It's been about a month now since Booz Allen announced its snap-up by The Carlyle Group, resulting in the split from its now-all-grown-up corporate sibling Booz & Co - enough time to gauge the effects of the divide on all parties involved. After speaking to a number of consultants on both ends of the scale, the verdict seems to be business as usual.
On the Booz side of the equation, where you'd expect to see most of the tangible effects (aside from a brand new logo, which seems to be growing on people like mold on cheese), staffers describe a new "buzz" around the office generated by the excitement of the structural shift. Day to day, however, consultants don't seem to feel much of a change - the biggest change seems to have taken shape in the marketing and communications side of things, with consultants working with clients just as before ("Our work continues to be the same, and our existing clients recognize that"). As one source puts it, "The transition has been flawless. We've done a good job explaining stuff to the client, done a good job on campus, operationally, with new e-mails, a new intranet and new templates." Most of the sources I spoke to had positive things to say the split, and feel that the firm is heading in the right direction.
There have been a few concrete changes, however, first in terms of relationships with higher-ups: "One effect has been more involvement from the partners and senior staff in terms of understanding what the junior staff wants. We are now looking into more robust training programs, mentorship programs and ways for junior members such as myself to participate in cross-country staffing," an insider explains. (This new open attitude exhibited by top leadership may be a result of the fact that the firm no longer falls under the stricter governance rules of the old Booz Allen structure.)
Things are also looking up in the areas of promotion and recruiting, and insiders believe they will now be able to compete more directly (and fiercely) with their competitors in the pure strategy space. A source states, "We will likely resume aggressive hiring of strategy and industry personnel. We took a bit of a painful deceleration in the past year to accommodate the PE transaction as well as recognition of a slowing market. Assuming business doesn't fall off a cliff, I think we can be bolder in competing for the very best talent at the best graduate programs out there. " And just in terms of selling themselves to undergrads and MBA students, Booz will be able to market itself as a pure consulting strategy house, which helps them match up more linearly with their Bain and BCG-type competitors. Insiders also see hope for a faster path to partner: "The government business (such a completely different business model) had different promotion pipelines, different expectations. Over time, some of that mindset started to impact the opportunity for promotion on the commercial side. Now, it's just commercial folks evaluating commercial folks, and promotion is not just based on how many years you're on the job," a consultant explains.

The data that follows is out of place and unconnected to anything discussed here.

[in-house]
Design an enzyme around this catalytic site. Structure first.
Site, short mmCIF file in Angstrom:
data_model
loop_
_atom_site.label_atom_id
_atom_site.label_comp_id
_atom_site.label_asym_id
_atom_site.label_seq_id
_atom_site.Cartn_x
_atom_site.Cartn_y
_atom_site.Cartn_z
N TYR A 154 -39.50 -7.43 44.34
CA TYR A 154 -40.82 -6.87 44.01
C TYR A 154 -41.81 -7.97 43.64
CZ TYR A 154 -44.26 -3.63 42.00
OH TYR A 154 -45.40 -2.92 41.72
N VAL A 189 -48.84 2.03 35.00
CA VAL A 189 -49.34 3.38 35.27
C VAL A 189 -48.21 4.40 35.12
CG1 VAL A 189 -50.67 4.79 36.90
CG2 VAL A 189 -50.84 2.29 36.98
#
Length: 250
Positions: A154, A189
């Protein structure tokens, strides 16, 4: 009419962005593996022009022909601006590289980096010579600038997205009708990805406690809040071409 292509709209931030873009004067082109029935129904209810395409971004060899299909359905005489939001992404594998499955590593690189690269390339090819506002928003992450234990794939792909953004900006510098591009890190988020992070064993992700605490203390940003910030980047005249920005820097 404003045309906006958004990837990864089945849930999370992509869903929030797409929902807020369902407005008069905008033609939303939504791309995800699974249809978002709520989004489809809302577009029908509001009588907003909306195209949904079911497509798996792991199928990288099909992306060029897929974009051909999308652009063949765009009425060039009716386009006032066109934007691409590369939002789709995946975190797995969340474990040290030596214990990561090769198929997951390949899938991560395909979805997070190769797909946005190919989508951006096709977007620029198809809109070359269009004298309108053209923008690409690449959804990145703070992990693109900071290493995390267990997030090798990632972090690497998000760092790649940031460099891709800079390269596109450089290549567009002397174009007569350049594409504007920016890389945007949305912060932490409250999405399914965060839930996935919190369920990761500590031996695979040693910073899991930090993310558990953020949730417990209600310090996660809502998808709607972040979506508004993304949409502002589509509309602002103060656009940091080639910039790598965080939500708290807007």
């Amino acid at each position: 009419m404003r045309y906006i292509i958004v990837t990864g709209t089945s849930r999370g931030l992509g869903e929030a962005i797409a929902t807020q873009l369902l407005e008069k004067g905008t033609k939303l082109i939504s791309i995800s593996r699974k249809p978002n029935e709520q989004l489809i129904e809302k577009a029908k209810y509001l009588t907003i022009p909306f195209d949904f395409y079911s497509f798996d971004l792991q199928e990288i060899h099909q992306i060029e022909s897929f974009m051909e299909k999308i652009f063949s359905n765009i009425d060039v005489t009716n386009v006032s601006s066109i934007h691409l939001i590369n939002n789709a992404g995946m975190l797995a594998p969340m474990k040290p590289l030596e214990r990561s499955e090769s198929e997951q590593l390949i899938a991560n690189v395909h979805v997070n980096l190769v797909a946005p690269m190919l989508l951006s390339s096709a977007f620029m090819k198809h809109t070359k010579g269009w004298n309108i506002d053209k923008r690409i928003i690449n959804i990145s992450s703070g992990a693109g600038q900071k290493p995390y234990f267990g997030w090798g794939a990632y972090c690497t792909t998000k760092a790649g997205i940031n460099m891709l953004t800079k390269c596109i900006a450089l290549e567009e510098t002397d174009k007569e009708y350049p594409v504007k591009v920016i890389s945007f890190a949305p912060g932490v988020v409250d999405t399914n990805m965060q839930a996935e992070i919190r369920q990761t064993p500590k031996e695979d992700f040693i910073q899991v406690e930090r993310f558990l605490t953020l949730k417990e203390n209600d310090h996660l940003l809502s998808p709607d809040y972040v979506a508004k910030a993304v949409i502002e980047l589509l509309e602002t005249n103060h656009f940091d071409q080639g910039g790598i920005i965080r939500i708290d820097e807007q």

On the Booz Allen Hamilton side, a consultant notes that she's "not feeling any effects, and I don?t think I actually will. We still have a close relationship with the commercial side, so if projects come up and they need the expertise of someone on the government side, they're going to turn to us for help." The same source explains that "the only difference is it's going to be more of a formal contract than what it used to be, where you just join somebody else's team for a certain projects. I really don?t see, from our perspective, that that's going to change at all." A colleague agrees that there have been "no tangible effects on day to day life at all. I wouldn?t know anything was going on at all, if it weren?t for the constant communications we get from the CEO, and all the e-mails and resources we go to on a day-to-day basis, just to keep us informed." As for the perks of being associated with a company like Carlyle, aside from bolstering its status even more in the public sector, a consultant explains that now that the government side doesn't need to worry about helping the commercial side out, monetarily speaking, "this puts more money back in our pot at the end of the day ? This means more money, more events, activities, higher wages, promotions down the road, things of that nature. They haven't made any promises, but it's beneficial to be on this side, in my opinion."
The relationship with Carlyle may not be all sweet-smelling roses, however. Check out this discussion on the Vault Message Board discussing some conflict-of-interest issues that are arising between BAH's acquisition contracts and Carlyle's holdings. Will this mean the firm will face higher competition in the market? Maybe it's not just business as usual ?
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